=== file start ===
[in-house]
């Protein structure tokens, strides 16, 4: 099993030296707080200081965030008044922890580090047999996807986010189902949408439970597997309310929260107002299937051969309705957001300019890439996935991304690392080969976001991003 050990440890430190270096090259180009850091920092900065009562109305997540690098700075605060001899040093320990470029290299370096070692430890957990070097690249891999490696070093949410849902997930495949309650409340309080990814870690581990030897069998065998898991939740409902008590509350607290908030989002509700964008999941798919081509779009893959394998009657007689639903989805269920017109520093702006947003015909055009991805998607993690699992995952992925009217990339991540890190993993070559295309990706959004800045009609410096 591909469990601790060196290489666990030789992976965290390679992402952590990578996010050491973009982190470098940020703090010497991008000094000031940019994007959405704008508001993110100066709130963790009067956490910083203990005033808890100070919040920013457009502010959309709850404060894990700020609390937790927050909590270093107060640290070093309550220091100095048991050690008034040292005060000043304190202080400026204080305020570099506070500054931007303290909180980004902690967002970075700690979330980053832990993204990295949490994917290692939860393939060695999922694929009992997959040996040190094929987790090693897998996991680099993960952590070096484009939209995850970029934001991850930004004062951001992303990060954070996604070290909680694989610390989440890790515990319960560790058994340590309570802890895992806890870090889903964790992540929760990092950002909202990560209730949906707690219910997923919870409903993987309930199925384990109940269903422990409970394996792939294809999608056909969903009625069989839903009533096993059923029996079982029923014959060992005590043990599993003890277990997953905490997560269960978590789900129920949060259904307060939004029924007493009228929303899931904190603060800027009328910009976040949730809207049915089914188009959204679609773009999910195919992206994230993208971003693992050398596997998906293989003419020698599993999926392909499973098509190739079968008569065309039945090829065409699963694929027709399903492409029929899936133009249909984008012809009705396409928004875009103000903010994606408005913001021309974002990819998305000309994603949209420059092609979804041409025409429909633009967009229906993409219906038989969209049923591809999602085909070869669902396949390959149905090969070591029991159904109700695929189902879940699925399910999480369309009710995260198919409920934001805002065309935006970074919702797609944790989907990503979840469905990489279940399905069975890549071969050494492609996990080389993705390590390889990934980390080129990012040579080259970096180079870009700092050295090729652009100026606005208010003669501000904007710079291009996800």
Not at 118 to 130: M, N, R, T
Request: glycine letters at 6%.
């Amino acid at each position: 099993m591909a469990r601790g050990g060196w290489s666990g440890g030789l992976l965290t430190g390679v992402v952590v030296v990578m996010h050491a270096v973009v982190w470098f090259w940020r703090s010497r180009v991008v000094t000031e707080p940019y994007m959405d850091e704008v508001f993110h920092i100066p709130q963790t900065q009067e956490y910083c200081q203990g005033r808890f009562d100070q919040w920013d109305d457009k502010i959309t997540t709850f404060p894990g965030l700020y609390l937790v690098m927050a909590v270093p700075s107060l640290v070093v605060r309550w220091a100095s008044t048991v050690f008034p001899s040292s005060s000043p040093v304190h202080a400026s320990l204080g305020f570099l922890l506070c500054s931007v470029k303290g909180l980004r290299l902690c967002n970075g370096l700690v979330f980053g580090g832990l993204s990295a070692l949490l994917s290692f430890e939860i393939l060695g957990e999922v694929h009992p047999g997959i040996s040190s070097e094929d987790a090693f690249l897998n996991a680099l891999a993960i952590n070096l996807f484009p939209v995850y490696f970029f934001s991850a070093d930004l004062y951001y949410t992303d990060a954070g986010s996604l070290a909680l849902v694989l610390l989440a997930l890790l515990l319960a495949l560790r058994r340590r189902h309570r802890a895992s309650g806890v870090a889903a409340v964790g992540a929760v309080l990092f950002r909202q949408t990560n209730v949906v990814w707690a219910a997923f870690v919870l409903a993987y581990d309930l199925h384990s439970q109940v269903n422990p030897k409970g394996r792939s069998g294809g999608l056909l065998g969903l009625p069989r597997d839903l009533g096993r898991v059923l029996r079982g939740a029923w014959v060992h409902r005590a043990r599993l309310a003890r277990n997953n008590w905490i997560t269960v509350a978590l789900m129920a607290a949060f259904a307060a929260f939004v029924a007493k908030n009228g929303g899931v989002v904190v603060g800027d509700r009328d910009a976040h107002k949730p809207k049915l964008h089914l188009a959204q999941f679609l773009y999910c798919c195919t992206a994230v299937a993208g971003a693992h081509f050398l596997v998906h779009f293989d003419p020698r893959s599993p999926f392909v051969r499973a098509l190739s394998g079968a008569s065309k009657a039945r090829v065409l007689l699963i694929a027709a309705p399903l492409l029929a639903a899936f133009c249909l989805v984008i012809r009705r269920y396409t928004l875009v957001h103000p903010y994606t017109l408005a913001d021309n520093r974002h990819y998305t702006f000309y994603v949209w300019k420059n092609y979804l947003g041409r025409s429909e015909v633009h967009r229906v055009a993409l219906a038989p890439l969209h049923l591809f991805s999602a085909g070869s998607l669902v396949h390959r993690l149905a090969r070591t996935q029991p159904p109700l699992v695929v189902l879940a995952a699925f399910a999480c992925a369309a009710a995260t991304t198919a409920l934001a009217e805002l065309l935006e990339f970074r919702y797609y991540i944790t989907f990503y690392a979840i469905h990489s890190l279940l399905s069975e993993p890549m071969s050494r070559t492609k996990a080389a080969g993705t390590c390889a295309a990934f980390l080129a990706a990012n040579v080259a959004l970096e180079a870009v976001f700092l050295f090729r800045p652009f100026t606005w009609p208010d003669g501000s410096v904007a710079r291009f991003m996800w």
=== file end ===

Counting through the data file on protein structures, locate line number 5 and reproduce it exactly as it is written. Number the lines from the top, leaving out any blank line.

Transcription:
């Amino acid at each position: 099993m591909a469990r601790g050990g060196w290489s666990g440890g030789l992976l965290t430190g390679v992402v952590v030296v990578m996010h050491a270096v973009v982190w470098f090259w940020r703090s010497r180009v991008v000094t000031e707080p940019y994007m959405d850091e704008v508001f993110h920092i100066p709130q963790t900065q009067e956490y910083c200081q203990g005033r808890f009562d100070q919040w920013d109305d457009k502010i959309t997540t709850f404060p894990g965030l700020y609390l937790v690098m927050a909590v270093p700075s107060l640290v070093v605060r309550w220091a100095s008044t048991v050690f008034p001899s040292s005060s000043p040093v304190h202080a400026s320990l204080g305020f570099l922890l506070c500054s931007v470029k303290g909180l980004r290299l902690c967002n970075g370096l700690v979330f980053g580090g832990l993204s990295a070692l949490l994917s290692f430890e939860i393939l060695g957990e999922v694929h009992p047999g997959i040996s040190s070097e094929d987790a090693f690249l897998n996991a680099l891999a993960i952590n070096l996807f484009p939209v995850y490696f970029f934001s991850a070093d930004l004062y951001y949410t992303d990060a954070g986010s996604l070290a909680l849902v694989l610390l989440a997930l890790l515990l319960a495949l560790r058994r340590r189902h309570r802890a895992s309650g806890v870090a889903a409340v964790g992540a929760v309080l990092f950002r909202q949408t990560n209730v949906v990814w707690a219910a997923f870690v919870l409903a993987y581990d309930l199925h384990s439970q109940v269903n422990p030897k409970g394996r792939s069998g294809g999608l056909l065998g969903l009625p069989r597997d839903l009533g096993r898991v059923l029996r079982g939740a029923w014959v060992h409902r005590a043990r599993l309310a003890r277990n997953n008590w905490i997560t269960v509350a978590l789900m129920a607290a949060f259904a307060a929260f939004v029924a007493k908030n009228g929303g899931v989002v904190v603060g800027d509700r009328d910009a976040h107002k949730p809207k049915l964008h089914l188009a959204q999941f679609l773009y999910c798919c195919t992206a994230v299937a993208g971003a693992h081509f050398l596997v998906h779009f293989d003419p020698r893959s599993p999926f392909v051969r499973a098509l190739s394998g079968a008569s065309k009657a039945r090829v065409l007689l699963i694929a027709a309705p399903l492409l029929a639903a899936f133009c249909l989805v984008i012809r009705r269920y396409t928004l875009v957001h103000p903010y994606t017109l408005a913001d021309n520093r974002h990819y998305t702006f000309y994603v949209w300019k420059n092609y979804l947003g041409r025409s429909e015909v633009h967009r229906v055009a993409l219906a038989p890439l969209h049923l591809f991805s999602a085909g070869s998607l669902v396949h390959r993690l149905a090969r070591t996935q029991p159904p109700l699992v695929v189902l879940a995952a699925f399910a999480c992925a369309a009710a995260t991304t198919a409920l934001a009217e805002l065309l935006e990339f970074r919702y797609y991540i944790t989907f990503y690392a979840i469905h990489s890190l279940l399905s069975e993993p890549m071969s050494r070559t492609k996990a080389a080969g993705t390590c390889a295309a990934f980390l080129a990706a990012n040579v080259a959004l970096e180079a870009v976001f700092l050295f090729r800045p652009f100026t606005w009609p208010d003669g501000s410096v904007a710079r291009f991003m996800w």